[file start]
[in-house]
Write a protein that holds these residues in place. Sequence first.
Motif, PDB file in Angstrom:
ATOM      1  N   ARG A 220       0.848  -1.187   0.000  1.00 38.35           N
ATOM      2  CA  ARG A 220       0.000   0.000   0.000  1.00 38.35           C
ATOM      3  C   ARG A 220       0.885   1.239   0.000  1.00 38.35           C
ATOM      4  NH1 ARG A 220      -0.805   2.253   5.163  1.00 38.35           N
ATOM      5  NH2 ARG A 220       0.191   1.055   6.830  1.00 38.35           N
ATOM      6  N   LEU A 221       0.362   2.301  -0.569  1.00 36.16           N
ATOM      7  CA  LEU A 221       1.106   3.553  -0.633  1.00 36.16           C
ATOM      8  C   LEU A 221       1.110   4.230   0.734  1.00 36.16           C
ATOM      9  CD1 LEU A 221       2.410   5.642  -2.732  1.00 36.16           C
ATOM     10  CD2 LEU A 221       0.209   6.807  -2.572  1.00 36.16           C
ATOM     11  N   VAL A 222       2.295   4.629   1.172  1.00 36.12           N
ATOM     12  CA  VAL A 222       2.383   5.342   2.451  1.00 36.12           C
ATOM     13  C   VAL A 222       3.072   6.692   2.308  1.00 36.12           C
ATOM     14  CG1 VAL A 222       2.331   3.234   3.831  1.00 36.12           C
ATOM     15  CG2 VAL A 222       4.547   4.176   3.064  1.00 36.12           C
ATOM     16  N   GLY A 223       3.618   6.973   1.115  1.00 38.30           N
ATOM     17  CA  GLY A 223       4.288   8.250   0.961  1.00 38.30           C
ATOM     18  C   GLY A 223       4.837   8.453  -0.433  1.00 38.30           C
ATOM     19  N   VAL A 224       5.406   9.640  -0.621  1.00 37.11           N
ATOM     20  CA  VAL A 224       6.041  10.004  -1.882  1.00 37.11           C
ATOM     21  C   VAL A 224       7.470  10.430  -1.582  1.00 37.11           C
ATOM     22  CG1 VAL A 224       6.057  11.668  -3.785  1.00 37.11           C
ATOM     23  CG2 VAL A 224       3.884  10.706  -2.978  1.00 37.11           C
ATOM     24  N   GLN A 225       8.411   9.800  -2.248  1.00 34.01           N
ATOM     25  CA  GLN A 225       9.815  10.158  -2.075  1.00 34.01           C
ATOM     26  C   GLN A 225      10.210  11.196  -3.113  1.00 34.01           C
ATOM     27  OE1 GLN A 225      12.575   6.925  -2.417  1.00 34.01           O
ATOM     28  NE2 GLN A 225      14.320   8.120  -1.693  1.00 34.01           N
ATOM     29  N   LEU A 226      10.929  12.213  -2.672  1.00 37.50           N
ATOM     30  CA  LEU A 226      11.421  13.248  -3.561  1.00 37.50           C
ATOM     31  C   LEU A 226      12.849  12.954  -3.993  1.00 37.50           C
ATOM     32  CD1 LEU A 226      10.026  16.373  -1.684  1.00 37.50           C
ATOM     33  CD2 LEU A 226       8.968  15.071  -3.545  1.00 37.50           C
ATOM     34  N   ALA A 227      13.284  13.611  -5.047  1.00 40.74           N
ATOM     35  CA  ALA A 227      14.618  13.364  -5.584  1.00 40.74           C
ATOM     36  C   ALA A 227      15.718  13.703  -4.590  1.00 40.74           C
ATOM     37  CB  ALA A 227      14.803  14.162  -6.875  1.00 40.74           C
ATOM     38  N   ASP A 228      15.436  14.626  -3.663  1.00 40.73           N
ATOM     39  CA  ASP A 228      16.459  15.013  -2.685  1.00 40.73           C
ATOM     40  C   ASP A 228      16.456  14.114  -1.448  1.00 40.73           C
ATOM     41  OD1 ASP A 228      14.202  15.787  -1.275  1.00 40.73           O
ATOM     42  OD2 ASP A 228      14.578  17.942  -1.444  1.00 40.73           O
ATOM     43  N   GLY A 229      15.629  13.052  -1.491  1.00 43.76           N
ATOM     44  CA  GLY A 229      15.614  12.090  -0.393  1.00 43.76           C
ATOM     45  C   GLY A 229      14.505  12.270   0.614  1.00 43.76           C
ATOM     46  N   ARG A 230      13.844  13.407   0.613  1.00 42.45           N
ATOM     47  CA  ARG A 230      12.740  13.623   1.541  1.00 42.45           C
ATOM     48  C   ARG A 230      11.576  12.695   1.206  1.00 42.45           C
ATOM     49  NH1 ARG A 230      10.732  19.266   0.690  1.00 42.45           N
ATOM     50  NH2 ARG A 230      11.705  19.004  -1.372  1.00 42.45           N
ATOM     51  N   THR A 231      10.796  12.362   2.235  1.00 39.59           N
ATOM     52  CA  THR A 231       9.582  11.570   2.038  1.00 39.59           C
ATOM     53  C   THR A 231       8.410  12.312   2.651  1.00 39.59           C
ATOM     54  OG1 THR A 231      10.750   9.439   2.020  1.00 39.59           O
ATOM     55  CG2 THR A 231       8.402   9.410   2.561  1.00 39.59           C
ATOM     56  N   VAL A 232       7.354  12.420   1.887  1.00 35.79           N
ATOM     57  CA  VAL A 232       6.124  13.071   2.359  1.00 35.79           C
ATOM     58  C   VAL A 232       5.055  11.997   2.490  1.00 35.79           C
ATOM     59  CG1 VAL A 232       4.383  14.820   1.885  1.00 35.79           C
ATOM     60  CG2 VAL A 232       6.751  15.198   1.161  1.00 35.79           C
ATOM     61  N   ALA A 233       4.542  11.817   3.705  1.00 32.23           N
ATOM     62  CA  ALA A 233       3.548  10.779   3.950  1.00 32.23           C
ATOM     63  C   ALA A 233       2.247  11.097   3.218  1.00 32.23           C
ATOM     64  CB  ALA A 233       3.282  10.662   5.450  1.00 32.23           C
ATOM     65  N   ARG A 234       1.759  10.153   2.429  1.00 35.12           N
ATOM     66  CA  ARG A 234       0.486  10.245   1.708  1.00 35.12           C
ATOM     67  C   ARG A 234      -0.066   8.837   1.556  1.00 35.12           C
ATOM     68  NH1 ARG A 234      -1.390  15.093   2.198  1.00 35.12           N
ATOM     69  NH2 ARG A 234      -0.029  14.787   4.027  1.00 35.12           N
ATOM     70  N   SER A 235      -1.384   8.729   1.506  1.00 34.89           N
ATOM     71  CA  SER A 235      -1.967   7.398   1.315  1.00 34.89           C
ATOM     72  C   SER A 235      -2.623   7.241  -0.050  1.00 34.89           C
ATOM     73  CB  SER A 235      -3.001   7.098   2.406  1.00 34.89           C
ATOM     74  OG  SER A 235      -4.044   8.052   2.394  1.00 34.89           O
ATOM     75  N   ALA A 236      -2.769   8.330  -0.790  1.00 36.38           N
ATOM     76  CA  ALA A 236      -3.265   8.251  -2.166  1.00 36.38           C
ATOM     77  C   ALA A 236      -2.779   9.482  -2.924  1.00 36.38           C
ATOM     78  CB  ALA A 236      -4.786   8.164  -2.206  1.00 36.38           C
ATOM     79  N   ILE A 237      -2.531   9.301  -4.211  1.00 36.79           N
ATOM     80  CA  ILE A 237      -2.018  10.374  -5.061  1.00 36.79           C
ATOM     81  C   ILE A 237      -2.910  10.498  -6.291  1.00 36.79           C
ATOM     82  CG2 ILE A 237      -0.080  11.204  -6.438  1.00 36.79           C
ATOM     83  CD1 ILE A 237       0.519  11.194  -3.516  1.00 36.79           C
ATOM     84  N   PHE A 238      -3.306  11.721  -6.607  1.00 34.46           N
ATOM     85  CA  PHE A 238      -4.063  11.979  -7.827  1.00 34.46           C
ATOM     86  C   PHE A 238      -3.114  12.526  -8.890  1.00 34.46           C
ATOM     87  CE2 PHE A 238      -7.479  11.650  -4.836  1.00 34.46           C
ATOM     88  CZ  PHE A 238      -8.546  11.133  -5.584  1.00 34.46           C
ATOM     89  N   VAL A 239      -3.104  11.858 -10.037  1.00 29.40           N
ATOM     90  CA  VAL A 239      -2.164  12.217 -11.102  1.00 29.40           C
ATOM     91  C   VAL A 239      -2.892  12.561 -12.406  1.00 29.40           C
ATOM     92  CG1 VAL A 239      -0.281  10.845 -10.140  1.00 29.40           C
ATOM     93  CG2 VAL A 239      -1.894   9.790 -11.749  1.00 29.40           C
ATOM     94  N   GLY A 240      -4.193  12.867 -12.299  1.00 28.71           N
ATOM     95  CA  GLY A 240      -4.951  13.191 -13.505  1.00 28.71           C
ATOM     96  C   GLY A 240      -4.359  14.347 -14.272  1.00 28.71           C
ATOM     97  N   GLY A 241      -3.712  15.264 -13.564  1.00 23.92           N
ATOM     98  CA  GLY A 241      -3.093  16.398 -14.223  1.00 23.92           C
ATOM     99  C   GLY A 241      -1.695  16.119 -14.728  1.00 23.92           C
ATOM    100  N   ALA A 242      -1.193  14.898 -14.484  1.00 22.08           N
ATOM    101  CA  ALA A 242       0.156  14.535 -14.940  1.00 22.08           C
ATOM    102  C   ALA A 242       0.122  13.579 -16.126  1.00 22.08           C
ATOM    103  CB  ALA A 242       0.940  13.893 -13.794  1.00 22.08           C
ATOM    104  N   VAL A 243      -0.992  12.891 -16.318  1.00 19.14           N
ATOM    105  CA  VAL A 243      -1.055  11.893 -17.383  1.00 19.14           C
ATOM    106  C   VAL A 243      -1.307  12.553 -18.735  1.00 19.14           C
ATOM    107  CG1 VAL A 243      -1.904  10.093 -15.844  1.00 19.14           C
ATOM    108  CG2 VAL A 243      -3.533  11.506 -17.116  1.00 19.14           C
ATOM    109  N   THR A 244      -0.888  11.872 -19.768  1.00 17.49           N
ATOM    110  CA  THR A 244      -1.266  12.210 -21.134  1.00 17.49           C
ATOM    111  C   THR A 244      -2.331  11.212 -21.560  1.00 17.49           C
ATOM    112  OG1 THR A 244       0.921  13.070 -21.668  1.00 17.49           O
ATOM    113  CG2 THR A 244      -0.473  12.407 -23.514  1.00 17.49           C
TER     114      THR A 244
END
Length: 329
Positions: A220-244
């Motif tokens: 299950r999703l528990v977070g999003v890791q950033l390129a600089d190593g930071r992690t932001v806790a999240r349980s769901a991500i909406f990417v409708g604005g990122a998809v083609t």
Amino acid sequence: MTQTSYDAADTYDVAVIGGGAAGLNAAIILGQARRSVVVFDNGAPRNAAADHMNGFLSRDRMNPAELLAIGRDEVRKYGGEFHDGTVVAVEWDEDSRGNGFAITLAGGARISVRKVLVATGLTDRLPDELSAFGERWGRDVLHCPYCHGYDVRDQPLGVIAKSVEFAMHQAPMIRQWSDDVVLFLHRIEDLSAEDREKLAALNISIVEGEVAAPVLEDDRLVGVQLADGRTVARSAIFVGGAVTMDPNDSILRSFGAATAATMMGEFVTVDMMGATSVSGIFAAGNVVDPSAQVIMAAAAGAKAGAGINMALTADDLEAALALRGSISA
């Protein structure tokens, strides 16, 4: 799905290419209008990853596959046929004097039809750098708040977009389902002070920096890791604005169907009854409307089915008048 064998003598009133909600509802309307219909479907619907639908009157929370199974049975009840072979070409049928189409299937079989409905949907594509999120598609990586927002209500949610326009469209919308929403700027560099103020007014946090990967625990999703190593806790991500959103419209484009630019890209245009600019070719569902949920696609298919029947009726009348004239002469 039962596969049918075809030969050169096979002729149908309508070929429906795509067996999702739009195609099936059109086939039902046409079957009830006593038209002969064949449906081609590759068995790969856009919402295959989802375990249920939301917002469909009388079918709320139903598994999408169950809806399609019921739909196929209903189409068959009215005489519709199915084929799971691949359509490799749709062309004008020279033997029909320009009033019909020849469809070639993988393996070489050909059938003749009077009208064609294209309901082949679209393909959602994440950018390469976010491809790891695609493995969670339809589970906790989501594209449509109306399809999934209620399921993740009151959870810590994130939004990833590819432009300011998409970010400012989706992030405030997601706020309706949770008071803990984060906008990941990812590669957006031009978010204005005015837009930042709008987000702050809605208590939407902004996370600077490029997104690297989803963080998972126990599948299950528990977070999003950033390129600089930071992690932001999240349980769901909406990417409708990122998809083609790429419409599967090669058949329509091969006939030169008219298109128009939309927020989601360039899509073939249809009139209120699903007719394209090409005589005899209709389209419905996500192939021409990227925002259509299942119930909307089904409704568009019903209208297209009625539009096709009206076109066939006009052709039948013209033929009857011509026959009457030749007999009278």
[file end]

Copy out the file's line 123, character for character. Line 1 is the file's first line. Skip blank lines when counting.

């Protein structure tokens, strides 16, 4: 799905290419209008990853596959046929004097039809750098708040977009389902002070920096890791604005169907009854409307089915008048 064998003598009133909600509802309307219909479907619907639908009157929370199974049975009840072979070409049928189409299937079989409905949907594509999120598609990586927002209500949610326009469209919308929403700027560099103020007014946090990967625990999703190593806790991500959103419209484009630019890209245009600019070719569902949920696609298919029947009726009348004239002469 039962596969049918075809030969050169096979002729149908309508070929429906795509067996999702739009195609099936059109086939039902046409079957009830006593038209002969064949449906081609590759068995790969856009919402295959989802375990249920939301917002469909009388079918709320139903598994999408169950809806399609019921739909196929209903189409068959009215005489519709199915084929799971691949359509490799749709062309004008020279033997029909320009009033019909020849469809070639993988393996070489050909059938003749009077009208064609294209309901082949679209393909959602994440950018390469976010491809790891695609493995969670339809589970906790989501594209449509109306399809999934209620399921993740009151959870810590994130939004990833590819432009300011998409970010400012989706992030405030997601706020309706949770008071803990984060906008990941990812590669957006031009978010204005005015837009930042709008987000702050809605208590939407902004996370600077490029997104690297989803963080998972126990599948299950528990977070999003950033390129600089930071992690932001999240349980769901909406990417409708990122998809083609790429419409599967090669058949329509091969006939030169008219298109128009939309927020989601360039899509073939249809009139209120699903007719394209090409005589005899209709389209419905996500192939021409990227925002259509299942119930909307089904409704568009019903209208297209009625539009096709009206076109066939006009052709039948013209033929009857011509026959009457030749007999009278």